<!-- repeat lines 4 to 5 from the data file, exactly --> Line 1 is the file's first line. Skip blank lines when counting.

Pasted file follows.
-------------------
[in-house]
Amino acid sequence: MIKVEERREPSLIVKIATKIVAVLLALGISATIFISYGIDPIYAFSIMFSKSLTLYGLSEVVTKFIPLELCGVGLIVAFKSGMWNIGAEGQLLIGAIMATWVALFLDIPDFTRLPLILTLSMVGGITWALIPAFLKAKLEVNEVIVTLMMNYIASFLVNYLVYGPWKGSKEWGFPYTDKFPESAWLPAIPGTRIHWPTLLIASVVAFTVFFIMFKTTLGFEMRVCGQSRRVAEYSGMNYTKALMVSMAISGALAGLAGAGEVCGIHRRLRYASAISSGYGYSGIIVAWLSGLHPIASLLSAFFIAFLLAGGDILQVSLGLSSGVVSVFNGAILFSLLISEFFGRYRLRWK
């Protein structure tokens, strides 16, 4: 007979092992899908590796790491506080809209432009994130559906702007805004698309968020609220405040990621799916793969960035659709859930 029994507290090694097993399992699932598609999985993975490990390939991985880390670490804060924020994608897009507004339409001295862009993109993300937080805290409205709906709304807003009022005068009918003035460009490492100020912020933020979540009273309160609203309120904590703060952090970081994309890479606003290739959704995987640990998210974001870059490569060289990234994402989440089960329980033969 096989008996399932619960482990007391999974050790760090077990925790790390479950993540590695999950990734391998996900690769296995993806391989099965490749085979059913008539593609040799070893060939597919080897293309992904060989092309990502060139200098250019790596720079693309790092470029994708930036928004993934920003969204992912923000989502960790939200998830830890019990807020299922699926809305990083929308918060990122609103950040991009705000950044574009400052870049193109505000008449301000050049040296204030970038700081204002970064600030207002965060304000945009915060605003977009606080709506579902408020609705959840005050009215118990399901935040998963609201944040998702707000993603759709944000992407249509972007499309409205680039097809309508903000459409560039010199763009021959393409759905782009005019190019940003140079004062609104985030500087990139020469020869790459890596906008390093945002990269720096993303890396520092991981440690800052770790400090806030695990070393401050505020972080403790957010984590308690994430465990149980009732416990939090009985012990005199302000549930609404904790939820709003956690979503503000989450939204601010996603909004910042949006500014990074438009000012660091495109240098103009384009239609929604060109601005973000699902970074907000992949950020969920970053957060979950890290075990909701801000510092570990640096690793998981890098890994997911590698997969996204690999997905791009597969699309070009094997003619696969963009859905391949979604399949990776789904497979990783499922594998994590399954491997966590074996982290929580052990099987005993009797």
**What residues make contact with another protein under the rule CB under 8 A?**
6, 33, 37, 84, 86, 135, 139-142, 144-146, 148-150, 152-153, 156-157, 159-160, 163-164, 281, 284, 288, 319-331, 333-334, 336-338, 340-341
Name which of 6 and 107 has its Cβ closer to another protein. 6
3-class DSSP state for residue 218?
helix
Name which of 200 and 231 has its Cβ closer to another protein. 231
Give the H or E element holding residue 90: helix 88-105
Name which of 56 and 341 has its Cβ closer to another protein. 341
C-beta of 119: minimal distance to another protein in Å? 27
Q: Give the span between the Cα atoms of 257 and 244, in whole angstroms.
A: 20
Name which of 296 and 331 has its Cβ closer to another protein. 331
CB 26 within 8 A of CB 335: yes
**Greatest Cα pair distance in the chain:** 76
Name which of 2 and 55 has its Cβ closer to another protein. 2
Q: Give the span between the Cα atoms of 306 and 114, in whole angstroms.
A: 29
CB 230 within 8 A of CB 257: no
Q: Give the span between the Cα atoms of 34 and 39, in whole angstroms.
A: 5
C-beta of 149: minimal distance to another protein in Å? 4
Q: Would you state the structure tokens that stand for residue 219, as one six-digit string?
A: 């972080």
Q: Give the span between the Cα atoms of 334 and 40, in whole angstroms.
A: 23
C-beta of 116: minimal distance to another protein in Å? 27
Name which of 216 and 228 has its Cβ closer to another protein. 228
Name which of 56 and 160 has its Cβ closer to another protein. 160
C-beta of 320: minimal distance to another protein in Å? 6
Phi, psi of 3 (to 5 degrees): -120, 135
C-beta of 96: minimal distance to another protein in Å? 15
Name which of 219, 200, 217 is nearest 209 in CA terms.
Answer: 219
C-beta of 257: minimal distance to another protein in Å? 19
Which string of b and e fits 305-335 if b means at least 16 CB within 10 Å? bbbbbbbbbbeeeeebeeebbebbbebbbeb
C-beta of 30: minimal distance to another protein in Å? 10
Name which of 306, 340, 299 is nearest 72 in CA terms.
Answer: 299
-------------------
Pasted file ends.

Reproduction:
**What residues make contact with another protein under the rule CB under 8 A?**
6, 33, 37, 84, 86, 135, 139-142, 144-146, 148-150, 152-153, 156-157, 159-160, 163-164, 281, 284, 288, 319-331, 333-334, 336-338, 340-341